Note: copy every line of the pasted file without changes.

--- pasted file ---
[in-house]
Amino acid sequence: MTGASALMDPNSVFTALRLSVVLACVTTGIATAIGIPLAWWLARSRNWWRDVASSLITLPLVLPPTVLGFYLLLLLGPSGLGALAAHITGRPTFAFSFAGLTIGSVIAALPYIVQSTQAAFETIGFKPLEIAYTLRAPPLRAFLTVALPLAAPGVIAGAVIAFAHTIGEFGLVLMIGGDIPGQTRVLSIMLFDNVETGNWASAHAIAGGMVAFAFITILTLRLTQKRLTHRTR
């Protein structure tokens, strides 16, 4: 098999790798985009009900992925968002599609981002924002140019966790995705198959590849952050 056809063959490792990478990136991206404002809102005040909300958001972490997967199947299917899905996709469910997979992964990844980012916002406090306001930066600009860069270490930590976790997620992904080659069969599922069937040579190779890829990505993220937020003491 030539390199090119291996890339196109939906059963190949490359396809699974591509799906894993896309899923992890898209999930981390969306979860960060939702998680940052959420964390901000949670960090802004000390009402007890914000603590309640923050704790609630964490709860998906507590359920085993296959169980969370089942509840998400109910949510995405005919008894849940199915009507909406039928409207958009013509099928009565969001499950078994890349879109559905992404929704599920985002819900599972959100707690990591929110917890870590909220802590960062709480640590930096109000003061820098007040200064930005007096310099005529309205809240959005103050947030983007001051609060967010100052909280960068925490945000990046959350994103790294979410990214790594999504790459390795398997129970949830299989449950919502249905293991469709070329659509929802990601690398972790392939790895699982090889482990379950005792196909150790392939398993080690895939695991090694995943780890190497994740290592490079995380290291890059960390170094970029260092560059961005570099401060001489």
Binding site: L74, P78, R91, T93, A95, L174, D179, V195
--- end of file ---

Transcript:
[in-house]
Amino acid sequence: MTGASALMDPNSVFTALRLSVVLACVTTGIATAIGIPLAWWLARSRNWWRDVASSLITLPLVLPPTVLGFYLLLLLGPSGLGALAAHITGRPTFAFSFAGLTIGSVIAALPYIVQSTQAAFETIGFKPLEIAYTLRAPPLRAFLTVALPLAAPGVIAGAVIAFAHTIGEFGLVLMIGGDIPGQTRVLSIMLFDNVETGNWASAHAIAGGMVAFAFITILTLRLTQKRLTHRTR
């Protein structure tokens, strides 16, 4: 098999790798985009009900992925968002599609981002924002140019966790995705198959590849952050 056809063959490792990478990136991206404002809102005040909300958001972490997967199947299917899905996709469910997979992964990844980012916002406090306001930066600009860069270490930590976790997620992904080659069969599922069937040579190779890829990505993220937020003491 030539390199090119291996890339196109939906059963190949490359396809699974591509799906894993896309899923992890898209999930981390969306979860960060939702998680940052959420964390901000949670960090802004000390009402007890914000603590309640923050704790609630964490709860998906507590359920085993296959169980969370089942509840998400109910949510995405005919008894849940199915009507909406039928409207958009013509099928009565969001499950078994890349879109559905992404929704599920985002819900599972959100707690990591929110917890870590909220802590960062709480640590930096109000003061820098007040200064930005007096310099005529309205809240959005103050947030983007001051609060967010100052909280960068925490945000990046959350994103790294979410990214790594999504790459390795398997129970949830299989449950919502249905293991469709070329659509929802990601690398972790392939790895699982090889482990379950005792196909150790392939398993080690895939695991090694995943780890190497994740290592490079995380290291890059960390170094970029260092560059961005570099401060001489």
Binding site: L74, P78, R91, T93, A95, L174, D179, V195